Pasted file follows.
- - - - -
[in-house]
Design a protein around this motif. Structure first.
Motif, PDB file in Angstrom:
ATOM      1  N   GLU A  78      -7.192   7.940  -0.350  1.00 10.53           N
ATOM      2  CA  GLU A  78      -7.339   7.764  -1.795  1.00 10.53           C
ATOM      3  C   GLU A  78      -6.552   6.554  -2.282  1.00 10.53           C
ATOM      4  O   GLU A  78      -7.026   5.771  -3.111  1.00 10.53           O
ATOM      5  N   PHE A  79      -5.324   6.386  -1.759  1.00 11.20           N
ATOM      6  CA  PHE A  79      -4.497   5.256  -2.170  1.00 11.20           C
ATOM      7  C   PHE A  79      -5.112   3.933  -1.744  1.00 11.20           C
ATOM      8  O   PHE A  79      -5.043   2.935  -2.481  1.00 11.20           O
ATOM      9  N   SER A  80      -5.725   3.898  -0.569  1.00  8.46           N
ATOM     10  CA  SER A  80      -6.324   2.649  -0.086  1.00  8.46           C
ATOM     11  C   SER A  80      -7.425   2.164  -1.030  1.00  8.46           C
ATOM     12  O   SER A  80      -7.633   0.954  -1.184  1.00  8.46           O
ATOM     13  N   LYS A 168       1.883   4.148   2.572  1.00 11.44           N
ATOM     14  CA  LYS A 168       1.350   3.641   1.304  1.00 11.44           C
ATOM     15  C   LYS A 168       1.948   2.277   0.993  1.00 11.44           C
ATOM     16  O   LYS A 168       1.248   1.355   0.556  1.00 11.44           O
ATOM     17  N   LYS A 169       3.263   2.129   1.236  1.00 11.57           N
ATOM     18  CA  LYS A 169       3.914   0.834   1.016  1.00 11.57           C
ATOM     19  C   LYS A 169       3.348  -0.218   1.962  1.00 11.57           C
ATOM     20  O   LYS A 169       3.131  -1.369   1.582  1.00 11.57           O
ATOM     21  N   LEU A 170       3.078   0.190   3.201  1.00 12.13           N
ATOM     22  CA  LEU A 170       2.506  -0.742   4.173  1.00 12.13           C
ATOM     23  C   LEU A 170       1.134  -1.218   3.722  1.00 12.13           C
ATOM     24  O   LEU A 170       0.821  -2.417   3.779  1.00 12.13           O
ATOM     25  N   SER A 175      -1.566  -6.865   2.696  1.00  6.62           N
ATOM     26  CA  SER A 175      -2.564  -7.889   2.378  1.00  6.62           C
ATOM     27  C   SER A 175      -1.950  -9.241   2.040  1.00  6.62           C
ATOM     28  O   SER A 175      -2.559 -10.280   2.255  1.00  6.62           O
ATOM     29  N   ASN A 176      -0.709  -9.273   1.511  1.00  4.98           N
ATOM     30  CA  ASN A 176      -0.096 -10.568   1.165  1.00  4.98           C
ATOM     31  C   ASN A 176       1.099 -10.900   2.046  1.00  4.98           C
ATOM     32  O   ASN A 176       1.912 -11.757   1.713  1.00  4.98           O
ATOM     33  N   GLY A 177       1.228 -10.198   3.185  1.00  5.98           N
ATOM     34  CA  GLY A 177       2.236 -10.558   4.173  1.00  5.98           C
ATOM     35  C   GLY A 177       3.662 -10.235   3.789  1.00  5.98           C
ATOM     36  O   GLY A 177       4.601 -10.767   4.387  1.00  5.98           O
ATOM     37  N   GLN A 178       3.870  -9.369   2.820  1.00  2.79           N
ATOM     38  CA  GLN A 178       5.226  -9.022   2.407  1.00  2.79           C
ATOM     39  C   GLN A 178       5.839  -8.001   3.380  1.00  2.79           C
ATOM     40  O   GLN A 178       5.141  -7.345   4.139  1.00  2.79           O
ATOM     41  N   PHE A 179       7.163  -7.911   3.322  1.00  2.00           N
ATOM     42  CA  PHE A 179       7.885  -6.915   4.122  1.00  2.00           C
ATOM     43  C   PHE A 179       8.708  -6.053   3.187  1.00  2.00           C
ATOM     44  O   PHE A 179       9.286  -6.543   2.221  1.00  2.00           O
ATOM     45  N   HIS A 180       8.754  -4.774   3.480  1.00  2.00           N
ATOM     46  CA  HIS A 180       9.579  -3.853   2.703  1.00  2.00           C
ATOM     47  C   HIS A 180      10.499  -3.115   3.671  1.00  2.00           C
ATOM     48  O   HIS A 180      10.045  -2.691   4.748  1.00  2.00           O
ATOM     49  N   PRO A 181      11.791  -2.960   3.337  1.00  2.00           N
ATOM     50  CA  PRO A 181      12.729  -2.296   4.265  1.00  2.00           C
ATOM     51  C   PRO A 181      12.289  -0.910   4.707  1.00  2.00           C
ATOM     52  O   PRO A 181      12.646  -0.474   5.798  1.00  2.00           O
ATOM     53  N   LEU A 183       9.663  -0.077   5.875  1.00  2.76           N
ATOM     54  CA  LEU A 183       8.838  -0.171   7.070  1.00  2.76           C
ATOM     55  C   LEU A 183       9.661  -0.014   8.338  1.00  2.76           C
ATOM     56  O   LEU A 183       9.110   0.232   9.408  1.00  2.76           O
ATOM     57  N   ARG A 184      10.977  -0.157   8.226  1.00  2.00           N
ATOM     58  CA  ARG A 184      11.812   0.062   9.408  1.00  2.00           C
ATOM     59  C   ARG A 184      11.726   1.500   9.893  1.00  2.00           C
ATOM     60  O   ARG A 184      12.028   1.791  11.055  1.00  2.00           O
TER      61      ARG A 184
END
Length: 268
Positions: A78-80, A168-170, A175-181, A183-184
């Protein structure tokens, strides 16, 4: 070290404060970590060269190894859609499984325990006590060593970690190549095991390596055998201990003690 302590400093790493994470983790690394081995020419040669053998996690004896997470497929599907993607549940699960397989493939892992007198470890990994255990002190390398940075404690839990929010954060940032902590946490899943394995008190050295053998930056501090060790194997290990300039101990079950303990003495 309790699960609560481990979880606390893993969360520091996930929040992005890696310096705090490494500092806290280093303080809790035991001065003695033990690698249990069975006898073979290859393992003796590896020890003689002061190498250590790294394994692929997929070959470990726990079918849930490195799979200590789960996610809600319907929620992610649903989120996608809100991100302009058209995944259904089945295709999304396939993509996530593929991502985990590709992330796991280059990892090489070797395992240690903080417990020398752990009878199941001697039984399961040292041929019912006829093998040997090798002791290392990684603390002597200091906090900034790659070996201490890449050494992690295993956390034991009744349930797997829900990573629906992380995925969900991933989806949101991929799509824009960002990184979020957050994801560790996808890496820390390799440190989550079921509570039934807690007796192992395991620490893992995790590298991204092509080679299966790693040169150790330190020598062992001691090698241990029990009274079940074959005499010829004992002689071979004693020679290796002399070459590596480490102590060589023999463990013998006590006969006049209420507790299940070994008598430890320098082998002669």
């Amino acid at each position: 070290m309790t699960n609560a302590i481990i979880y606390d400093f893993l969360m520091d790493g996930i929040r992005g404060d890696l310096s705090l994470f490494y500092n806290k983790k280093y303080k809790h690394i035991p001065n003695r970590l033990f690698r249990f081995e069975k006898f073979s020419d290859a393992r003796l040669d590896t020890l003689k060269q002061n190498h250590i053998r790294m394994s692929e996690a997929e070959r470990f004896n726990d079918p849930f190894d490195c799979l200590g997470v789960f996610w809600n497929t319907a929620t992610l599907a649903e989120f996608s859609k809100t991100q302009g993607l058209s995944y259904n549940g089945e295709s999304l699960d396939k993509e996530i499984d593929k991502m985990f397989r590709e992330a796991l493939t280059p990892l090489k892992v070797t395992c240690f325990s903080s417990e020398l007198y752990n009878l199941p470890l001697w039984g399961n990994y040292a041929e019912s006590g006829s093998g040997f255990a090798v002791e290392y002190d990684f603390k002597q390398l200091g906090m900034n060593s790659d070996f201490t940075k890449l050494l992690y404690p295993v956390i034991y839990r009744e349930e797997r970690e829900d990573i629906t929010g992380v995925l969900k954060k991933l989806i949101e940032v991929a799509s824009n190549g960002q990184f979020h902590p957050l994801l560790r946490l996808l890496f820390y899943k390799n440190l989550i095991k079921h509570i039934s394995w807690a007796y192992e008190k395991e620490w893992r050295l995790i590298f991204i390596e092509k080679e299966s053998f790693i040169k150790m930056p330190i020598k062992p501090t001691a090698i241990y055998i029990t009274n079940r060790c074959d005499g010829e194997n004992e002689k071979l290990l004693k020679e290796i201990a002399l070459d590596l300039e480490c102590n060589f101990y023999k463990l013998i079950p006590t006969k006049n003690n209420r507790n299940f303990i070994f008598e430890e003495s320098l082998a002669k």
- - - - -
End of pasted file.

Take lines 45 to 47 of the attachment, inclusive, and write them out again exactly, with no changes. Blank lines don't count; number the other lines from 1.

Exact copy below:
ATOM     42  CA  PHE A 179       7.885  -6.915   4.122  1.00  2.00           C
ATOM     43  C   PHE A 179       8.708  -6.053   3.187  1.00  2.00           C
ATOM     44  O   PHE A 179       9.286  -6.543   2.221  1.00  2.00           O